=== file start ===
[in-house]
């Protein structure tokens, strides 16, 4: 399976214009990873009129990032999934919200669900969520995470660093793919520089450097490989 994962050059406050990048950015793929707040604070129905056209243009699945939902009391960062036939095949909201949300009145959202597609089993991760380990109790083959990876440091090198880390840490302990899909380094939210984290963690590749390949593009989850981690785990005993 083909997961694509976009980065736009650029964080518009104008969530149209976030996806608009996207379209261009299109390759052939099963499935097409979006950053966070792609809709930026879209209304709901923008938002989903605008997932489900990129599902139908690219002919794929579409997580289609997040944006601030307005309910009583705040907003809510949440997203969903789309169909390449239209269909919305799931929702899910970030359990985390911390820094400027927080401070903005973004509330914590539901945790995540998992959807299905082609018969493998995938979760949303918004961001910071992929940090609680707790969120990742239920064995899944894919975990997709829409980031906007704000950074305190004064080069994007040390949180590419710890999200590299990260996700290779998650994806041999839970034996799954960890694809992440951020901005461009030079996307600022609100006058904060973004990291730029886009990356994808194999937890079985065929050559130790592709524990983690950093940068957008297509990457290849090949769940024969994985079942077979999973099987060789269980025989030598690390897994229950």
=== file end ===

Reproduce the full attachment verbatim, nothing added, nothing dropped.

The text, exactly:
[in-house]
């Protein structure tokens, strides 16, 4: 399976214009990873009129990032999934919200669900969520995470660093793919520089450097490989 994962050059406050990048950015793929707040604070129905056209243009699945939902009391960062036939095949909201949300009145959202597609089993991760380990109790083959990876440091090198880390840490302990899909380094939210984290963690590749390949593009989850981690785990005993 083909997961694509976009980065736009650029964080518009104008969530149209976030996806608009996207379209261009299109390759052939099963499935097409979006950053966070792609809709930026879209209304709901923008938002989903605008997932489900990129599902139908690219002919794929579409997580289609997040944006601030307005309910009583705040907003809510949440997203969903789309169909390449239209269909919305799931929702899910970030359990985390911390820094400027927080401070903005973004509330914590539901945790995540998992959807299905082609018969493998995938979760949303918004961001910071992929940090609680707790969120990742239920064995899944894919975990997709829409980031906007704000950074305190004064080069994007040390949180590419710890999200590299990260996700290779998650994806041999839970034996799954960890694809992440951020901005461009030079996307600022609100006058904060973004990291730029886009990356994808194999937890079985065929050559130790592709524990983690950093940068957008297509990457290849090949769940024969994985079942077979999973099987060789269980025989030598690390897994229950």